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Growth Equity | Alive

Total Raised


Last Raised

$4.03M | 4 yrs ago

About Ruroc

Ruroc makes racing gear aimed at enhancing protection in extreme environments and has created a helmet system with integrated goggles and detachable face mask to protect from rocks, rails and sub-zero wind-chill.

Headquarters Location

29 Brunel Court Waterwells

Gloucester, England, GL2 2AL,

United Kingdom

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Ruroc Patents

Ruroc has filed 4 patents.

The 3 most popular patent topics include:

  • Buddhism
  • Graphical projections
  • Jain philosophical concepts
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Application Date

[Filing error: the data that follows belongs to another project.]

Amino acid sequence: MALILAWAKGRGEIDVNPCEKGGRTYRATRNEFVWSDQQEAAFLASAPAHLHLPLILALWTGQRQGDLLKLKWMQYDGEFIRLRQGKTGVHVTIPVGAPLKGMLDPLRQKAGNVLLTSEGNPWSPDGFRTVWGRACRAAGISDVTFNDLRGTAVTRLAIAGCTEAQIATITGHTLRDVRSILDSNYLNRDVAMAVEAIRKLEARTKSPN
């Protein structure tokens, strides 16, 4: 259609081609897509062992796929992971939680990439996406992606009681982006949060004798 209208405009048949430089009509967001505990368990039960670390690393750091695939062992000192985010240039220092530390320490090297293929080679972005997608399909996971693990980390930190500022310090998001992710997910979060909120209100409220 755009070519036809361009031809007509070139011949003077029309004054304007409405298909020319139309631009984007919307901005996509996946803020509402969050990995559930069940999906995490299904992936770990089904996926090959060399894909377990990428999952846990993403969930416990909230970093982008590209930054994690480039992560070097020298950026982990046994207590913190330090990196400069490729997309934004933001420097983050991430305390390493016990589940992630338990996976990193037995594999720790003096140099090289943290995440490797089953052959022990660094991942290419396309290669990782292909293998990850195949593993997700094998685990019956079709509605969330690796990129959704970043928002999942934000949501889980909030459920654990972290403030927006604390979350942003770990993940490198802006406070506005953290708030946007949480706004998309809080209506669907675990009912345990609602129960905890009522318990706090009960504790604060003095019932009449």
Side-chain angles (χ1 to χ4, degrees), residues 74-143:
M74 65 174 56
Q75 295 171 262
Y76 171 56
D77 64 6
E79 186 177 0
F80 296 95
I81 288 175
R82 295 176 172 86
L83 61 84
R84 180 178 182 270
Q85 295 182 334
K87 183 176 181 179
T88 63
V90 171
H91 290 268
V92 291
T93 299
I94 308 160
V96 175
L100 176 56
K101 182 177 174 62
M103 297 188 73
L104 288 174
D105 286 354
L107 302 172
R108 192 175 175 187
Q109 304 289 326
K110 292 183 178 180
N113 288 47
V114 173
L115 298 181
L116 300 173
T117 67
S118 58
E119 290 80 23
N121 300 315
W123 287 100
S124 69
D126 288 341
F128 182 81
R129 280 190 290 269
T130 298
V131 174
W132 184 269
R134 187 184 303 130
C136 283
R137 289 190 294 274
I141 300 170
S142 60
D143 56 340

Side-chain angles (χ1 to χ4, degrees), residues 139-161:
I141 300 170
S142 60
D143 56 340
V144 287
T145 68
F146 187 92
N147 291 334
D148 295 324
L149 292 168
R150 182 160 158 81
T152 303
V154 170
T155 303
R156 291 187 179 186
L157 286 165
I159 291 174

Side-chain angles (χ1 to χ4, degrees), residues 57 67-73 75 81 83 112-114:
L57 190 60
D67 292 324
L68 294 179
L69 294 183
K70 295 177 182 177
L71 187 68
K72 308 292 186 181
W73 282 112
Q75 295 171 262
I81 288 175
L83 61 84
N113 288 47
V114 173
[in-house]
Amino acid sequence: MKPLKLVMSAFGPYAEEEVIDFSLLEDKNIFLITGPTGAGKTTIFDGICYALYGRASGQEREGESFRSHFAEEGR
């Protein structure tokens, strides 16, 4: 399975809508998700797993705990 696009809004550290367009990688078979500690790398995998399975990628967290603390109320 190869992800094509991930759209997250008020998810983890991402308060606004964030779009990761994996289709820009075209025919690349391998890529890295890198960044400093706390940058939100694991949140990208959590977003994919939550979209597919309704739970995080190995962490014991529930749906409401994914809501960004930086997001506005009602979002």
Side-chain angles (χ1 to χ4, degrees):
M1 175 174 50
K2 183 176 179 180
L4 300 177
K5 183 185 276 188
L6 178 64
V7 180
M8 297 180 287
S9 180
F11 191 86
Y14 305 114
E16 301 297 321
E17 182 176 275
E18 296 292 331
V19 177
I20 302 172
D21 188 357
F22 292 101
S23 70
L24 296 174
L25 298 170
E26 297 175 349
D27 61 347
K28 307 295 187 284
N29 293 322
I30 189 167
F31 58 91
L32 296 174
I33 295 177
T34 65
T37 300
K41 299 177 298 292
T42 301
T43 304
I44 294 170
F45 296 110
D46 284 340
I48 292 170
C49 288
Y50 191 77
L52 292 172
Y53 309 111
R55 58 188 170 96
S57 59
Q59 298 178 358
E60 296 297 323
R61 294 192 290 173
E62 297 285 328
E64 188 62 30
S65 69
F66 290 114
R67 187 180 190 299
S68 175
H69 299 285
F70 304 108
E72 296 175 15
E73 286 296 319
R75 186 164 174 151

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Related Topics




Buddhism, Graphical projections, Technical drawing, Jain philosophical concepts, Madhyamaka


Application Date


Grant Date



Related Topics

Buddhism, Graphical projections, Technical drawing, Jain philosophical concepts, Madhyamaka



Latest Ruroc News

Ruroc’s Atlas 4.0: Dazzling designs and extra safety in new crash helmet range

Jun 24, 2022